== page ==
The first exhibition for The Struggle is Real took place at Corridor Project Space, in Amsterdam, in November 2019, in collaboration with artist Suzanne Bernhardt. The exhibition was comprised of photo etchings, ceramics, videos, collages, and an installation, which showed the societal, economic, and sociological aspects of eating podosiri.
After Suzanne and I returned from Suriname, we decided to research the use of podosiri in the Netherlands. After a long search, we found hip health bowls that extolled the health benefits of their mix of podosiri, dairy, fruit, nuts, and coconut shavings. However, the podosiri content in the bowls was so low that people were mostly paying for an idea; the idea that they were eating podosiri (and thus something very healthy).
In Paramaribo, podosiri is seen as country food; it’s cheap, and looked down on a bit. In eastern Suriname, the health benefits of podosiri are considered a given.
I collected ten health food books in thrift stores, and used them as a basis for an edition about our project, a collage. I pasted photos of the podosiri production process onto individual pages of the thrift store books , and wrote bits of wisdom on them concerning the health benefits of podosiri, which I had learned online. The result was a collage book.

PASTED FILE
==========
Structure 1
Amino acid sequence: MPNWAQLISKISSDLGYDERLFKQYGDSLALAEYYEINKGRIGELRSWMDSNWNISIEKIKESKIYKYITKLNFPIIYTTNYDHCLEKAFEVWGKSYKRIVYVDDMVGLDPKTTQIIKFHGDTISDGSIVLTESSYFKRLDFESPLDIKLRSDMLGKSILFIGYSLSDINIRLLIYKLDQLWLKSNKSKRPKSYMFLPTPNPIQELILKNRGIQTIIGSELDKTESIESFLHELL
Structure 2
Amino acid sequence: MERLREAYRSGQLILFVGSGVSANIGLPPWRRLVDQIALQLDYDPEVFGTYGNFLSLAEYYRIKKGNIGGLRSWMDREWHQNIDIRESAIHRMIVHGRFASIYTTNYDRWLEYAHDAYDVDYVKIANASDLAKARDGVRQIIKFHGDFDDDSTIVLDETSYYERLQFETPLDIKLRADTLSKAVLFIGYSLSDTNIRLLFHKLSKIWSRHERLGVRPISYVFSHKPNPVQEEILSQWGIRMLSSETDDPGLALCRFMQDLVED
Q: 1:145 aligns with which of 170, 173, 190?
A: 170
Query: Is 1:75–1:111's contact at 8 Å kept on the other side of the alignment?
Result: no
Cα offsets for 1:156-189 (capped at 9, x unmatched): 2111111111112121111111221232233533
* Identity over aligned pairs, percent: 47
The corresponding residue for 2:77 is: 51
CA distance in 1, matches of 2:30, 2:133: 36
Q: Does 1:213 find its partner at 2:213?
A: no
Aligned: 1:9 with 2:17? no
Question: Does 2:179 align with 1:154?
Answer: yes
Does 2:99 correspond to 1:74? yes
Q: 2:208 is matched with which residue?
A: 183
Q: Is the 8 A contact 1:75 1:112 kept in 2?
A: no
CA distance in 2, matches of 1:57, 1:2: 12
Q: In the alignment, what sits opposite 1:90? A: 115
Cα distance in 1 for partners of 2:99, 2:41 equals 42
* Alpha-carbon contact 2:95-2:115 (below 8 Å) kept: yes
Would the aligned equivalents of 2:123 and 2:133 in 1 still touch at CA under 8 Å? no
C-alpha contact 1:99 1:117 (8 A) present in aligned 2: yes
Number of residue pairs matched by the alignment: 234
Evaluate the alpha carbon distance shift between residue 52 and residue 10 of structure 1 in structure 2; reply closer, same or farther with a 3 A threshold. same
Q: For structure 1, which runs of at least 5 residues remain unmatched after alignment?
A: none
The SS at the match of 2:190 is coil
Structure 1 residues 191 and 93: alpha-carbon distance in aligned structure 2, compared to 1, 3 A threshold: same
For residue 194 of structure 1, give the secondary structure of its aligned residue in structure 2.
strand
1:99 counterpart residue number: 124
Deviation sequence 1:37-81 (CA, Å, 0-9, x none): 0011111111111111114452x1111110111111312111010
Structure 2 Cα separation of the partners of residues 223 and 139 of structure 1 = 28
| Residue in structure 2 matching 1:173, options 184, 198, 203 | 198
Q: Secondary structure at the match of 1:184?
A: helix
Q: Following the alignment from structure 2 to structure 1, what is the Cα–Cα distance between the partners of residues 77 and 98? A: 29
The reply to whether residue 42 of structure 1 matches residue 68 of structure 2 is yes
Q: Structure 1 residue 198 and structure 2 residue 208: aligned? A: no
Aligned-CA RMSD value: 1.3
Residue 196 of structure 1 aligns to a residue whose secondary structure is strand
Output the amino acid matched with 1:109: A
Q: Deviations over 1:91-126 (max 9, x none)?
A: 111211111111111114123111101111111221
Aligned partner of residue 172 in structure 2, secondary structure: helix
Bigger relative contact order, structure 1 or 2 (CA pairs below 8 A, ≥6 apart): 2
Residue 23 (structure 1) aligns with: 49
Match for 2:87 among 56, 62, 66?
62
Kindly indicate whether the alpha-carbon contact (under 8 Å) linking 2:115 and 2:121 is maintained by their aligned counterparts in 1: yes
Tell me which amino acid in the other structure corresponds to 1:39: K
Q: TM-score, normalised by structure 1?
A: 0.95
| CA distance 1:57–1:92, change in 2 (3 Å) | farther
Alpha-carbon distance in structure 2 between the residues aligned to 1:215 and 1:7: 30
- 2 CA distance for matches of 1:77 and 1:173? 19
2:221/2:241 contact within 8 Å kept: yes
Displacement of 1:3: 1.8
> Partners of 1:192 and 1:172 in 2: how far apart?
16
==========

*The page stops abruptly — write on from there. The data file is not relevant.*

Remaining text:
Suzanne looked into the relationship between food vloggers and podosiri, and created a video compilation. She then created a ceramic ‘health bowl’, using clay from Suriname and The Netherlands.
Using the Naturalis online archive, Suzanne and I investigated the history of podosiri. We selected several images from the archive, which Suzanne turned into posters that react to different colors of light. The changes in light were used as a through line during the exhibition’s opening night.
I also investigated the value that the açaí palm holds for people in the Suriname interior. I translated this search into a poem and a video piece.
Tour and dinner
During the exhibition, visitors were guided through the various layers and traditions associated with this berry. The audience was given an extensive tour, as well as a four-course meal featuring dishes incorporating podosiri, which had been specially prepared, respectively, by creative chefs ‘Axe & Porrige’ and chef Paul Lisse.